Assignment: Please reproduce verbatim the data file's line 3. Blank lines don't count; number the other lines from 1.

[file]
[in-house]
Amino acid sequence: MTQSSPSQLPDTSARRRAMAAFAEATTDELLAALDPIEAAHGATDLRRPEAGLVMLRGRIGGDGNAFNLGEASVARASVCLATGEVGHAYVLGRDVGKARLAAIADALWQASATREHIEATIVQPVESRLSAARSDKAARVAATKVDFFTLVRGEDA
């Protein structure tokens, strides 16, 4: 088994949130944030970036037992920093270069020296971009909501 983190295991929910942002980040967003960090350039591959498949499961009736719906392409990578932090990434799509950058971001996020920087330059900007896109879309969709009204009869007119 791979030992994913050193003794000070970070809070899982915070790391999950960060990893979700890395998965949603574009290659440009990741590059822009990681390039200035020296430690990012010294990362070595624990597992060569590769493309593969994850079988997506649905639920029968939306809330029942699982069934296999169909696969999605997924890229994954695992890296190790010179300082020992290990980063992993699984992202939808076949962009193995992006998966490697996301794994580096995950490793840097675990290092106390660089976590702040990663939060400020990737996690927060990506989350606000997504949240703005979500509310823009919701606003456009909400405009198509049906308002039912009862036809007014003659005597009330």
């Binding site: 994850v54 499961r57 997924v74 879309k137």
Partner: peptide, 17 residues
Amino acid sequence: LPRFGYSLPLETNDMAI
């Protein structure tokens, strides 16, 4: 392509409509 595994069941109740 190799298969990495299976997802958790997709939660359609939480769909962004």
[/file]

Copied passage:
């Protein structure tokens, strides 16, 4: 088994949130944030970036037992920093270069020296971009909501 983190295991929910942002980040967003960090350039591959498949499961009736719906392409990578932090990434799509950058971001996020920087330059900007896109879309969709009204009869007119 791979030992994913050193003794000070970070809070899982915070790391999950960060990893979700890395998965949603574009290659440009990741590059822009990681390039200035020296430690990012010294990362070595624990597992060569590769493309593969994850079988997506649905639920029968939306809330029942699982069934296999169909696969999605997924890229994954695992890296190790010179300082020992290990980063992993699984992202939808076949962009193995992006998966490697996301794994580096995950490793840097675990290092106390660089976590702040990663939060400020990737996690927060990506989350606000997504949240703005979500509310823009919701606003456009909400405009198509049906308002039912009862036809007014003659005597009330």